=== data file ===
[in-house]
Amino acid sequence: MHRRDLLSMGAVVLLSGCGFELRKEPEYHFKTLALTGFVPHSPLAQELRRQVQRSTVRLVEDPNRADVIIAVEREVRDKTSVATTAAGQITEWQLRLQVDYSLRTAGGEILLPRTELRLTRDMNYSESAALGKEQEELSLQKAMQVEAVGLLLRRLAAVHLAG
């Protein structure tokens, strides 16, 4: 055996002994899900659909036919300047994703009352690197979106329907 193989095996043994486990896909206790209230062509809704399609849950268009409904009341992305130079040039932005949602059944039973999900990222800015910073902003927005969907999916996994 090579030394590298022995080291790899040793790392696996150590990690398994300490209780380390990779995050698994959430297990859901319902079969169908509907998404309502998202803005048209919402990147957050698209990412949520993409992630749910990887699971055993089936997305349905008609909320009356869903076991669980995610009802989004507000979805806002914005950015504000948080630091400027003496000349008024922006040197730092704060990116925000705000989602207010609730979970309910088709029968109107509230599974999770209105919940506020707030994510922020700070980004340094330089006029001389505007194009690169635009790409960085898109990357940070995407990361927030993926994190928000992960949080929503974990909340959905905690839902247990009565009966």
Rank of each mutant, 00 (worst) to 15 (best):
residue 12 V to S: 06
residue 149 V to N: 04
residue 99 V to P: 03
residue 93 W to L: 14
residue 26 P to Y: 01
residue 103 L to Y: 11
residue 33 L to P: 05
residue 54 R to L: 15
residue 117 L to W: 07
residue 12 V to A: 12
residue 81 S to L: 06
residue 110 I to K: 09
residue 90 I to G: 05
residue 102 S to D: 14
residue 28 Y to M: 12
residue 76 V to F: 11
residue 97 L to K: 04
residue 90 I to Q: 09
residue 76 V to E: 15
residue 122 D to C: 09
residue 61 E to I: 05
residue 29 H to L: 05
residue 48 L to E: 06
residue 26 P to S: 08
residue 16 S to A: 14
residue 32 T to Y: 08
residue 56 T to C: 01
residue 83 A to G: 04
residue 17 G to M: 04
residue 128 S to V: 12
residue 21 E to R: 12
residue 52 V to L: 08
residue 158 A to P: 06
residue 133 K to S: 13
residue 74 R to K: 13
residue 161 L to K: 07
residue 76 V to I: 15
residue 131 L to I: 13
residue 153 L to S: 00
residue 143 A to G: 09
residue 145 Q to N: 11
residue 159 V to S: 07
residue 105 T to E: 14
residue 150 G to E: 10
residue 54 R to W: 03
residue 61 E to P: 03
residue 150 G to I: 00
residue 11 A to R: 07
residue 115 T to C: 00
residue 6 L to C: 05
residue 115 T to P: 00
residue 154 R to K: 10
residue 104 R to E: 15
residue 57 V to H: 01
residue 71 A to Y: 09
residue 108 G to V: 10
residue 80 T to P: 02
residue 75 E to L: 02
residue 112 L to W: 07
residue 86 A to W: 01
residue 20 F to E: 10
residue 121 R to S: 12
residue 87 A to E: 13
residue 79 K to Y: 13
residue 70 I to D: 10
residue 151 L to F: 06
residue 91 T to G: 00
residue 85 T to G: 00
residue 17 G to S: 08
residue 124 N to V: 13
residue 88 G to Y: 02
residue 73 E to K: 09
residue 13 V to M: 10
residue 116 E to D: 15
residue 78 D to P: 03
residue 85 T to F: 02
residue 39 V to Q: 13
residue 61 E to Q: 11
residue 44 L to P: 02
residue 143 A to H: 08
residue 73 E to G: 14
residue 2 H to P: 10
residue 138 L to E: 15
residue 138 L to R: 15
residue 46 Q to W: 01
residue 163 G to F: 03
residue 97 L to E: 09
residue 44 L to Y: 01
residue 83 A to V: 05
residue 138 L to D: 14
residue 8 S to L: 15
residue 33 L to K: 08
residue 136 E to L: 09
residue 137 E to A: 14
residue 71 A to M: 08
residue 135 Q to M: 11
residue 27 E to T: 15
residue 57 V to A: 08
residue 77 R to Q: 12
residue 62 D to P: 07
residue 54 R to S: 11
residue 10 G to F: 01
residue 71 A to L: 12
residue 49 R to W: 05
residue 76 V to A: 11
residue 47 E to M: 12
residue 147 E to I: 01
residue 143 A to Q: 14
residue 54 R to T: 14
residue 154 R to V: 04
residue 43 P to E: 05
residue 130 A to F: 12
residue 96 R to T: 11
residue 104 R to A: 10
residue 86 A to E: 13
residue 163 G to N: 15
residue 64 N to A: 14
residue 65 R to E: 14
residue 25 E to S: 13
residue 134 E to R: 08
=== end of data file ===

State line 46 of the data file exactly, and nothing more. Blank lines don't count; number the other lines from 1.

residue 159 V to S: 07